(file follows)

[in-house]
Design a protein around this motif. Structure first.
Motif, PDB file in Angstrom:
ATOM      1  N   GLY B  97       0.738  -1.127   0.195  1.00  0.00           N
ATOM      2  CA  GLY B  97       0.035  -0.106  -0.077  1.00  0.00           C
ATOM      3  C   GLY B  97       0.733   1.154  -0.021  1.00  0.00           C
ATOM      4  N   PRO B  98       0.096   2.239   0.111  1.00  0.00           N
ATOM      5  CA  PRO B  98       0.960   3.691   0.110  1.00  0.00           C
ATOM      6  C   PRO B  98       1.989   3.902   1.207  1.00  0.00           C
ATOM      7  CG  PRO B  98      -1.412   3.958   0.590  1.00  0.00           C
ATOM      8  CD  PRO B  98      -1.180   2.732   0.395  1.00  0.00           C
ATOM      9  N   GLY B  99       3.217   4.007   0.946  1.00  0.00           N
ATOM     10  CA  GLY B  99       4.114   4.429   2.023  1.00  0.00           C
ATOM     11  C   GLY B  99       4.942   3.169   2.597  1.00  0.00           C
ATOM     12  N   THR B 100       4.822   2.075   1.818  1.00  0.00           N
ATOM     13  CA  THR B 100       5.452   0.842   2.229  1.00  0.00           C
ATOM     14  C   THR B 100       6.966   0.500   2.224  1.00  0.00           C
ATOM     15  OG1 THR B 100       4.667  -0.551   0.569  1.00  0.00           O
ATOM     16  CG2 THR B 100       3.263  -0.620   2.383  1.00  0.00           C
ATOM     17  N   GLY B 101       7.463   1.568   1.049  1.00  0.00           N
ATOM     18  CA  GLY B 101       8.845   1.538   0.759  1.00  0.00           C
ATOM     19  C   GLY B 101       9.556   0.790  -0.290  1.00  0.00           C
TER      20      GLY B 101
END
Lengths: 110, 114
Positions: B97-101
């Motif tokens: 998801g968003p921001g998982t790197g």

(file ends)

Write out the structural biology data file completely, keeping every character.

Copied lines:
[in-house]
Design a protein around this motif. Structure first.
Motif, PDB file in Angstrom:
ATOM      1  N   GLY B  97       0.738  -1.127   0.195  1.00  0.00           N
ATOM      2  CA  GLY B  97       0.035  -0.106  -0.077  1.00  0.00           C
ATOM      3  C   GLY B  97       0.733   1.154  -0.021  1.00  0.00           C
ATOM      4  N   PRO B  98       0.096   2.239   0.111  1.00  0.00           N
ATOM      5  CA  PRO B  98       0.960   3.691   0.110  1.00  0.00           C
ATOM      6  C   PRO B  98       1.989   3.902   1.207  1.00  0.00           C
ATOM      7  CG  PRO B  98      -1.412   3.958   0.590  1.00  0.00           C
ATOM      8  CD  PRO B  98      -1.180   2.732   0.395  1.00  0.00           C
ATOM      9  N   GLY B  99       3.217   4.007   0.946  1.00  0.00           N
ATOM     10  CA  GLY B  99       4.114   4.429   2.023  1.00  0.00           C
ATOM     11  C   GLY B  99       4.942   3.169   2.597  1.00  0.00           C
ATOM     12  N   THR B 100       4.822   2.075   1.818  1.00  0.00           N
ATOM     13  CA  THR B 100       5.452   0.842   2.229  1.00  0.00           C
ATOM     14  C   THR B 100       6.966   0.500   2.224  1.00  0.00           C
ATOM     15  OG1 THR B 100       4.667  -0.551   0.569  1.00  0.00           O
ATOM     16  CG2 THR B 100       3.263  -0.620   2.383  1.00  0.00           C
ATOM     17  N   GLY B 101       7.463   1.568   1.049  1.00  0.00           N
ATOM     18  CA  GLY B 101       8.845   1.538   0.759  1.00  0.00           C
ATOM     19  C   GLY B 101       9.556   0.790  -0.290  1.00  0.00           C
TER      20      GLY B 101
END
Lengths: 110, 114
Positions: B97-101
């Motif tokens: 998801g968003p921001g998982t790197g």